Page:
McKnight, Heidi. Multiple Intelligences. 2011. Video. YoutubeWeb. 16 Jul 2013. <http://youtu.be/cf6lqfNTmaM>.
Gardner, Howard. “Multiple intelligences after twenty years.” American Educational Research Association, Chicago, Illinois 21 (2003).
Keengwe, Jared, Grace Onchwari, and Patrick Wachira. “The use of computer tools to support meaningful learning.” AACE journal 16.1 (2008): 77-92.
Novak, Joseph D. “Human constructivism: A unification of psychological and epistemological phenomena in meaning making.” International Journal of Personal Construct Psychology 6.2 (1993): 167-193.
Novak, Joseph D., and Alberto J. Cañas. “The theory underlying concept maps and how to construct them.” Florida Institute for Human and Machine Cognition1 (2006).
Squishy Circuit Board Lesson Plan
Dough Making-approx 1 hour
Amount of time Demo takes: 3-10 min.
Building Background Knowledge
Go through pdf from St. Thomas Squishy Circuit website
1. Squishy Circuit kit
2. Conductive and insulating dough (1 bag each-made ahead of time)
4. Battery cleaner – please regularly clean off any metal that comes in contact with the dough. This will prolong the life of the equipment.
Set up instructions:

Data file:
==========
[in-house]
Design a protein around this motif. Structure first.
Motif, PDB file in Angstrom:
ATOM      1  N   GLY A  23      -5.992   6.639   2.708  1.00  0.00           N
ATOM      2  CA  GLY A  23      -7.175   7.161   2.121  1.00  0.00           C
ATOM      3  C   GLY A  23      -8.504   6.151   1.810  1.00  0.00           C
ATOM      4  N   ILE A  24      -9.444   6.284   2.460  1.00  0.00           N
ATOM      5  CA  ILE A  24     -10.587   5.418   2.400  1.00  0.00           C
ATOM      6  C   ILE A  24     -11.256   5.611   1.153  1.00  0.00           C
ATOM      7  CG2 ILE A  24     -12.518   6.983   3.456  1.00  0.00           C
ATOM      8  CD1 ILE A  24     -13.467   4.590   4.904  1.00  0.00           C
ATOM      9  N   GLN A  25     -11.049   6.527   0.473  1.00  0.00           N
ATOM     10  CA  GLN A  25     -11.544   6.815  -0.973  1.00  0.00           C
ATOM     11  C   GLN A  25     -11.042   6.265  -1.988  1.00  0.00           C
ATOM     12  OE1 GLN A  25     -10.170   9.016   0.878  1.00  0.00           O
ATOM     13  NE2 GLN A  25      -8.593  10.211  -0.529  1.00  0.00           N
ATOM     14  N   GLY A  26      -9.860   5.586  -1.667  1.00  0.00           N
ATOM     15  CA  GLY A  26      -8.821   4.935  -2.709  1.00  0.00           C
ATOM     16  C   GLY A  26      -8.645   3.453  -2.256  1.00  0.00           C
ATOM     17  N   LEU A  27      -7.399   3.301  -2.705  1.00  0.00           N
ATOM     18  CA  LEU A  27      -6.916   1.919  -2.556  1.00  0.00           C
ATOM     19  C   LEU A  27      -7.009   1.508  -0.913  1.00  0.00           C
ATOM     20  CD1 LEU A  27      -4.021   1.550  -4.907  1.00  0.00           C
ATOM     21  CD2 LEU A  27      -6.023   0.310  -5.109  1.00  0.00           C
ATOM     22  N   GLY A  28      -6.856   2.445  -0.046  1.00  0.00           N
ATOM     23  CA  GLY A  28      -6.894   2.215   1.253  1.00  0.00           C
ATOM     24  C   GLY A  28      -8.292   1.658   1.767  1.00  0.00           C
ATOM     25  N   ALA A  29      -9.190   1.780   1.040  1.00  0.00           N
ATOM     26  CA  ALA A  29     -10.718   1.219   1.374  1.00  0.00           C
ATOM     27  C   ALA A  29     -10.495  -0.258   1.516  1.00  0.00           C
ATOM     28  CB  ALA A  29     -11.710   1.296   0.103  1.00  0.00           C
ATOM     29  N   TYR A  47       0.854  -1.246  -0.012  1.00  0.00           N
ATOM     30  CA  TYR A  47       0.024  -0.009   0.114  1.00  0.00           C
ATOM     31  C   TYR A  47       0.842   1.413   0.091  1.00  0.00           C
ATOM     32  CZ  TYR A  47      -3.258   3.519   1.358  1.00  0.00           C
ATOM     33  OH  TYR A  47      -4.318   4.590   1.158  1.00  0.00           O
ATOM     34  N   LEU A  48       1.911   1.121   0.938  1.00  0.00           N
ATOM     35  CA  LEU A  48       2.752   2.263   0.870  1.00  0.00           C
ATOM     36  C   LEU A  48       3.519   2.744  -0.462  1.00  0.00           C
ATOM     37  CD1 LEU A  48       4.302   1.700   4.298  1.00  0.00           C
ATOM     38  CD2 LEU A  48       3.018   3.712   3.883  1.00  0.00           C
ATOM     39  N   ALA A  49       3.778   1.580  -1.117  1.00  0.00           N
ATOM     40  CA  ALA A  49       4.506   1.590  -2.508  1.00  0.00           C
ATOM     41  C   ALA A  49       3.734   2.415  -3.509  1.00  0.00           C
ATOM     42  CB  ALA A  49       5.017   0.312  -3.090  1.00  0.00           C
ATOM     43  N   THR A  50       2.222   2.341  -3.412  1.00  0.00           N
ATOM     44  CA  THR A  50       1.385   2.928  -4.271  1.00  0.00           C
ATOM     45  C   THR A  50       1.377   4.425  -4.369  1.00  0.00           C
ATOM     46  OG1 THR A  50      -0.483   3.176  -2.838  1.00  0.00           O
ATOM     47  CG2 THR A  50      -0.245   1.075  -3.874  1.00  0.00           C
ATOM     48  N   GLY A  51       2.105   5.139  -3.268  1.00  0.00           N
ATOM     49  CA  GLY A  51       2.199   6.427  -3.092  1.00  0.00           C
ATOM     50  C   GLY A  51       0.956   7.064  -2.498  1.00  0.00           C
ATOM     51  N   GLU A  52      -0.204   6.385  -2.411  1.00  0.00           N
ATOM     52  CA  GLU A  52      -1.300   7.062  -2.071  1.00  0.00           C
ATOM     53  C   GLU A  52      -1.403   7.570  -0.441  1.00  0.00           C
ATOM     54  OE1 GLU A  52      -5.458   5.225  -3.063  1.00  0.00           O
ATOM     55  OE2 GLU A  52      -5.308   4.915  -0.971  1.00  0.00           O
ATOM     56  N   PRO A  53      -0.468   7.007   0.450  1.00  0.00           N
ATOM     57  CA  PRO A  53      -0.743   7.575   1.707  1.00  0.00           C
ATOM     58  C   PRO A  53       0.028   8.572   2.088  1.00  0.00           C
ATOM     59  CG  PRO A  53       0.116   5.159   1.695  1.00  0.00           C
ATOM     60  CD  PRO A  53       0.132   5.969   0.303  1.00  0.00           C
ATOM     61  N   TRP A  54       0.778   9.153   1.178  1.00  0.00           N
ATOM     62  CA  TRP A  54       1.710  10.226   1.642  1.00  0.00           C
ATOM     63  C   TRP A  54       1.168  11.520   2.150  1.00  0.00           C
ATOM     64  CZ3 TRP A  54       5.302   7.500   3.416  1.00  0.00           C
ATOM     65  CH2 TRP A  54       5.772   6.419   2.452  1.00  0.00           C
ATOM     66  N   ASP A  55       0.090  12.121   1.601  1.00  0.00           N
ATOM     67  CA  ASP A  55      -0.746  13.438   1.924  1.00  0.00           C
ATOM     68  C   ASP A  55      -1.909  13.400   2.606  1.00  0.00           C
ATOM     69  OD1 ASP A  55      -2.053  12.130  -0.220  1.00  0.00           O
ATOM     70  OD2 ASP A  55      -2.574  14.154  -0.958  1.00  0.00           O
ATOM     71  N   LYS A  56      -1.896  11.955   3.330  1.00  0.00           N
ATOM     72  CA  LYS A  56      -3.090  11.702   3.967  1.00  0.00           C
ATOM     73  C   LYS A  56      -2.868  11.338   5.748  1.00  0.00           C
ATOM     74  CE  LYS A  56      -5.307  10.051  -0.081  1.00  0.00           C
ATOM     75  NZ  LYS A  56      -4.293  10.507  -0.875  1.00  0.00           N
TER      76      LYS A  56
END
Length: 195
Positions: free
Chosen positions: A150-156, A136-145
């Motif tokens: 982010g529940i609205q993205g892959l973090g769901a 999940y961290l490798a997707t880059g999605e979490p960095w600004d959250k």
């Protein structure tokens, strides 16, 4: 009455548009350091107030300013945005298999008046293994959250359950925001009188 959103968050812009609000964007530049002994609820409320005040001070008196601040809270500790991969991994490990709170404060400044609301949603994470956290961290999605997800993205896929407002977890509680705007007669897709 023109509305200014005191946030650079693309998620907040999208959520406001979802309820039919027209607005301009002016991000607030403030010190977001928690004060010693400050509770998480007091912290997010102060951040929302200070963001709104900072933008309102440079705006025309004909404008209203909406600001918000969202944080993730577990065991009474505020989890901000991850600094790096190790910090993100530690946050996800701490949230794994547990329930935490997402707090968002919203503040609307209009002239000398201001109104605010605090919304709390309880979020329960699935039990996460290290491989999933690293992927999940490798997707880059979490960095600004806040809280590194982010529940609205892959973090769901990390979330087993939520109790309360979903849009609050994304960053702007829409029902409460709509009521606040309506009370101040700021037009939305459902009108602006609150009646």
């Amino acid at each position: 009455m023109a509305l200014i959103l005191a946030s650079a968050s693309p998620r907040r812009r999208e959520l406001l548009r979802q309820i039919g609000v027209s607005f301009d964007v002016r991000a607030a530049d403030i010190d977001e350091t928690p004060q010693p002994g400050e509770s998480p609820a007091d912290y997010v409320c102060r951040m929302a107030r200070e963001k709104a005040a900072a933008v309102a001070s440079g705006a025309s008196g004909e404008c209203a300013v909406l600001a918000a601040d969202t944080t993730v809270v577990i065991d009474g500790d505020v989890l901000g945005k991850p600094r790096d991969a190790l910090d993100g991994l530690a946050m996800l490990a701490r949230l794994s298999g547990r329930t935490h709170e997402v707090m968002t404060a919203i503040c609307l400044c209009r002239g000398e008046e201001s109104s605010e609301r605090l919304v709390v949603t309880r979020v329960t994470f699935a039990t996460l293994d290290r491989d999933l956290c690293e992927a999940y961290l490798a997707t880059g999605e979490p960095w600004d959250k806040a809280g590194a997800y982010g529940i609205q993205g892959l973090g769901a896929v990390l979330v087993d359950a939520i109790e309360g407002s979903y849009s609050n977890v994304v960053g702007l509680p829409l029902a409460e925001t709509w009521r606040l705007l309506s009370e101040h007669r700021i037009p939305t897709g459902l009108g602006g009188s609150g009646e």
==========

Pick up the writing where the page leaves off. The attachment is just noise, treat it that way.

1. Make material groupings for students to pick up and bring to their stations.
2. Emphasize safety with students. They are after all working with electricity and circuits.
Making a simple circuit:
1. Go through each of the materials being used in building the simple circuit.
2. Simplest Circuit (One LED)
The simplest circuit to build consists of an LED, battery pack, and three small “snakes” of dough (two conductive and one insulating). To build this circuit, separate the two pieces of conductive dough (purple) with a piece of insulating dough (white).
Now, insert each of the battery pack wires into the conductive dough. Do the same with the leads from the LED but be sure that the short end of the LED is inserted into the same piece of conductive dough that holds the black, or negative, battery pack wire. It is good practice to turn the battery pack off while you are connecting the components and to turn it on after you have finished setting up the circuit.
* To prolong the life of the equipment, please do not put the motors or lights directly in contact with the wires to the batteries. This will cause them to break they are not meant to hand the amount of voltage that is coming from the battery.
Clean up between demonstrations if needed. When completely finished gather all materials listed for this demonstration and make sure everything is accounted for. If something was used up, broken or damaged, let someone know so it can get replaced or fixed. Wipe down all metal parts that come in contact with the dough with a rag and battery cleaner.
Lesson Extensions-once students have mastered the simple circuit; the next challenge could be to have them build dough creatures. A link to how to build dough creatures with Squishy Circuits is included in references.
Dough creatures. (n.d.). Retrieved from http://www.pbs.org/teachers/includes/content/scigirls/activities/tech/doughcreatures.pdf
Thomas, A. (n.d.). Squishy circuitss. Retrieved from http://courseweb.stthomas.edu/apthomas/SquishyCircuits/buildingCircuits.htm
Thomas, A. M. (n.d.). Squishy circuits lesson plan. Retrieved from http://mindtrekkers.mtu.edu/docs/Lessons 2012/Squishy Circuit Board Lesson Plan.pdf